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Revolution from within

A revolution is taking place in local government today, not just within the UK but globally

September 2018

A revolution is taking place in local
government today, not just within the
UK but globally. Organisations are
responding to the pressure to ‘do more with less’
by transforming the way in which they deliver
public services in every area of operations, from
back-office administration through to front-end
online services.
For local government finance professionals,
this revolution presents both opportunities and
challenges. On the one hand, they get to
enhance their role as business partners by
advising on major transformation initiatives. On
the other, they are tasked with helping their
organisations to deliver more services to more
people, with less central funding, against a
backdrop of widespread organisational and
technological change. So how are they
The short answer is that they are transforming
themselves and their organisations by finding
and supporting new models of service delivery,
financing and organisational structure. This is
according to a new report by CIMA and CIPFA,
entitled ‘Transformation: How finance teams are
driving local government transformation’. The
report highlights the top five transformation
challenges facing local government as: getting
people to adapt; securing budget; determining
the cost benefit; finding the right skills; and
deciding where to focus efforts. Finance
professionals can play an important role by
communicating insights that support better
decision-making and drive actions in all these
areas. They can also support the development of
alternative delivery models by reviewing
outsourcing and private finance initiative
contracts and identifying new and different ways
to invest and build. Furthermore, the research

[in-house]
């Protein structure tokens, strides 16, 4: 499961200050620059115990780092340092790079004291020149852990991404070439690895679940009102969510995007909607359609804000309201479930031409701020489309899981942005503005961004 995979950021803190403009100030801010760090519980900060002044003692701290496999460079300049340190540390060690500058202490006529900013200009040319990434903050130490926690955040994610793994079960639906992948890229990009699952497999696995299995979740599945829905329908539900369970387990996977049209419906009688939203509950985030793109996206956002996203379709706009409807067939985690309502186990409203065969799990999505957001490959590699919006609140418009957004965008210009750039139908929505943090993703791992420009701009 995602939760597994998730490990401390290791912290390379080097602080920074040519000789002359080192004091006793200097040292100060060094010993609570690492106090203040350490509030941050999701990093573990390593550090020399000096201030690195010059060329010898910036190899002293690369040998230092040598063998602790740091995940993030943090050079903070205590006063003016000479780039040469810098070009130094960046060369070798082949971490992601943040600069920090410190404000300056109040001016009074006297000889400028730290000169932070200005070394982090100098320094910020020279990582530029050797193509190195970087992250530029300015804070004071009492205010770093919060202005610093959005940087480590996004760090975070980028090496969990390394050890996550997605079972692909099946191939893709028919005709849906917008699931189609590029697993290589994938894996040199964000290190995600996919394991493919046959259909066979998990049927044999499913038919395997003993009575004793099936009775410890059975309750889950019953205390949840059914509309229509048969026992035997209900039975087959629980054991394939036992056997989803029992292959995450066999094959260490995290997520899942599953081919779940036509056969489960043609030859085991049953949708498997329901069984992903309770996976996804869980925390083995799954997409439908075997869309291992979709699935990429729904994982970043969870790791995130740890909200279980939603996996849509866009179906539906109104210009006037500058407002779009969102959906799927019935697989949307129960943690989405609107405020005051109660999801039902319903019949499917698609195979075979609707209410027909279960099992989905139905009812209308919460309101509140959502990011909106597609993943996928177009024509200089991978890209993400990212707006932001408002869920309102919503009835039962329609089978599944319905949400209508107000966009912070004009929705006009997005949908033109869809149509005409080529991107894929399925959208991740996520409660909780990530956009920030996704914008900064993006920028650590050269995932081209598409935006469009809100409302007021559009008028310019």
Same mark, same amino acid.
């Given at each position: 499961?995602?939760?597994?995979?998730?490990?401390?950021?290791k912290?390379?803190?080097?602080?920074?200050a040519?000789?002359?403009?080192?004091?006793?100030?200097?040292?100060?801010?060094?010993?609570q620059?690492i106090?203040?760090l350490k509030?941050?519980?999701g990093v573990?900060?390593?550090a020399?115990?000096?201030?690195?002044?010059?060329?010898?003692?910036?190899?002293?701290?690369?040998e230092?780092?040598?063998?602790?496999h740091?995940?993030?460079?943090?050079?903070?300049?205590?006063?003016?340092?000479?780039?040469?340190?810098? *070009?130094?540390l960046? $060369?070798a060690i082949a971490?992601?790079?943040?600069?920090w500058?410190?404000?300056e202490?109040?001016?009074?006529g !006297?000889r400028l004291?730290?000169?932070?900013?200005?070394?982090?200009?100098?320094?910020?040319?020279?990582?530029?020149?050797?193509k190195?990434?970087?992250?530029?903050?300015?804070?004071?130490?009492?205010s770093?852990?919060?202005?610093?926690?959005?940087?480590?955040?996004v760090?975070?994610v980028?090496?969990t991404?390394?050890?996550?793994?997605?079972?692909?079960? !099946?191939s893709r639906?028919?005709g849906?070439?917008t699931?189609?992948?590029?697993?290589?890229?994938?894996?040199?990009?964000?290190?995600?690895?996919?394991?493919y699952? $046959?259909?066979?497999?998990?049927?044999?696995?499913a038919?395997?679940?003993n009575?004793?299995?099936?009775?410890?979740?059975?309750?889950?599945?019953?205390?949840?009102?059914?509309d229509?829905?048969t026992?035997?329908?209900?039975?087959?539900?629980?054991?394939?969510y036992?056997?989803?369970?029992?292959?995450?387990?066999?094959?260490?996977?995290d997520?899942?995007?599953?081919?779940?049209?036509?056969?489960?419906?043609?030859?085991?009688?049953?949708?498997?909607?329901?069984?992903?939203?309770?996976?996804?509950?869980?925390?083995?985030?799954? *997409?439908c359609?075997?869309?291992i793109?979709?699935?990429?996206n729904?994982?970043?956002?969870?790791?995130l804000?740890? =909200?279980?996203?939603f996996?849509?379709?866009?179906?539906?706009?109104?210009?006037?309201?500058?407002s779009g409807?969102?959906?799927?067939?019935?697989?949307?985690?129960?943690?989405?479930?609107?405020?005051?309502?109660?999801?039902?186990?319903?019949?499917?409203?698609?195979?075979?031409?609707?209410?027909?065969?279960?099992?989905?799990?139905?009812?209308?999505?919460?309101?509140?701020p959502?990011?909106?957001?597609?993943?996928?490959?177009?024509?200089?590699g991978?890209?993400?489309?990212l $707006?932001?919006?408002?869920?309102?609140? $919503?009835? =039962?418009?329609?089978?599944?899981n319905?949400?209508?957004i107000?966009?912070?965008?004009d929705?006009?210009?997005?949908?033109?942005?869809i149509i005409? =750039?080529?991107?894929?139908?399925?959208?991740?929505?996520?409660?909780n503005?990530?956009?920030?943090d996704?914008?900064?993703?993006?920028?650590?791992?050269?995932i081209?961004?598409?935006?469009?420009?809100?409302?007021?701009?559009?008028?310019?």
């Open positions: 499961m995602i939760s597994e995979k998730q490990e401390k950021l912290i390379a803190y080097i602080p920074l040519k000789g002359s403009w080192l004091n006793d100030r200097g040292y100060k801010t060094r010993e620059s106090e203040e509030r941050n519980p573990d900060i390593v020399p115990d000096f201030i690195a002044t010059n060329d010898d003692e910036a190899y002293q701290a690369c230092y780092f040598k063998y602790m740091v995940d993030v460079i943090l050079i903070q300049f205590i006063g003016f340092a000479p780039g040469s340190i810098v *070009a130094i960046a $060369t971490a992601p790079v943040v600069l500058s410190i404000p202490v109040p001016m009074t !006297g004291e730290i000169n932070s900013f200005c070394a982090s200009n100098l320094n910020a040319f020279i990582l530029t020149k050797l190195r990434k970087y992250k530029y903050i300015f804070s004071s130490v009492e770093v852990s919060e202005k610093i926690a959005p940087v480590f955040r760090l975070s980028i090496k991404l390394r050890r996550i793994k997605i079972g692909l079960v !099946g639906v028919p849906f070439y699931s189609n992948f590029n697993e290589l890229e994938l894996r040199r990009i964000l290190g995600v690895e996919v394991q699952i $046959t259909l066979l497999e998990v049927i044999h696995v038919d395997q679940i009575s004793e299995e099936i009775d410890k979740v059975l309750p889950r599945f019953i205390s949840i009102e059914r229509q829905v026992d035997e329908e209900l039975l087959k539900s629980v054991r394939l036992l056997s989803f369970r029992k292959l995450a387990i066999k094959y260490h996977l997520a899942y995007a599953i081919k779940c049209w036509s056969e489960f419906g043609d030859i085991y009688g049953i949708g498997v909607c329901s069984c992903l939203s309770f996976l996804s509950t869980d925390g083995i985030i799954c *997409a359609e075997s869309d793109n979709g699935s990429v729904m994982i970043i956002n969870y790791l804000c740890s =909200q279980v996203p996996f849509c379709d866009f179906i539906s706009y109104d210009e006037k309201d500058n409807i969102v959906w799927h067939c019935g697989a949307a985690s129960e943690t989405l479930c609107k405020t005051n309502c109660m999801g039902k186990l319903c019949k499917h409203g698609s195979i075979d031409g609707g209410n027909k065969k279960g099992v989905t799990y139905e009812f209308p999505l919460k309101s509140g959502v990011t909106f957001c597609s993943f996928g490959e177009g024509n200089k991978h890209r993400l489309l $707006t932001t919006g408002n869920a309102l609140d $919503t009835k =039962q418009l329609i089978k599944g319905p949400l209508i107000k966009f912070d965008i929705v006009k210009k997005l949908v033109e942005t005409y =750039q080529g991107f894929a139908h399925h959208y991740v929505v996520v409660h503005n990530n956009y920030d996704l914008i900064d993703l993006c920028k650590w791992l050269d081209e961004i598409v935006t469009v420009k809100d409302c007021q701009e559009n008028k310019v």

found that the finance function has an
increasingly important role to play in measuring,
tracking, demonstrating and communicating the
long-term value of proposed investments
associated with transformation.
Featured in the report are some inspiring case
studies of local government transformation
initiatives, which have been supported by
proactive finance teams. One is Cheshire East
Council, which set up its own limited company
to deliver transport services while meeting
savings targets. The company has consistently
outperformed its financial plan through
measures such as simplified procurement
procedures, replacing the ageing council bus
fleet with contract hire vehicles, and generating
extra business from schools and other public
agencies. It saved more than £809,000 in the
first 15 months alone.
Another great example is the Peterborough
Social Impact Bond, which was launched in
2010 to help rehabilitate short-sentenced
prisoners at Peterborough prison. The bond paid
for interventions aimed at reducing reoffending
on the basis that if reoffending fell, investors
would receive both their initial capital back plus
a return for taking a financial risk. In the case of
Peterborough prison, reoffending was reduced
by 9% over seven years.
Then there is Co-operative Home Care (CHC)
in Australia, an example of an employee-owned
or ‘mutual’ model of public service delivery. CHC
provides high-quality homecare to elderly,
disabled and chronically ill people. Its success
can teach other public service mutuals some
lessons in the importance of good financial
management and seeking out diverse sources of
These case studies demonstrate how local
government finance teams around the world
have evolved from being record-keeping support
functions into business partners that work
closely with colleagues and stakeholders across
and beyond the organisation. Thanks to their
strategic focus, technical knowledge and
practical expertise, finance professionals are
emerging as key players in the sustainable,
affordable delivery of public services, both now
and in the future.
For more and to download the report go to

• Rebecca McCaffrey, CPFA, FCMA, CGMA

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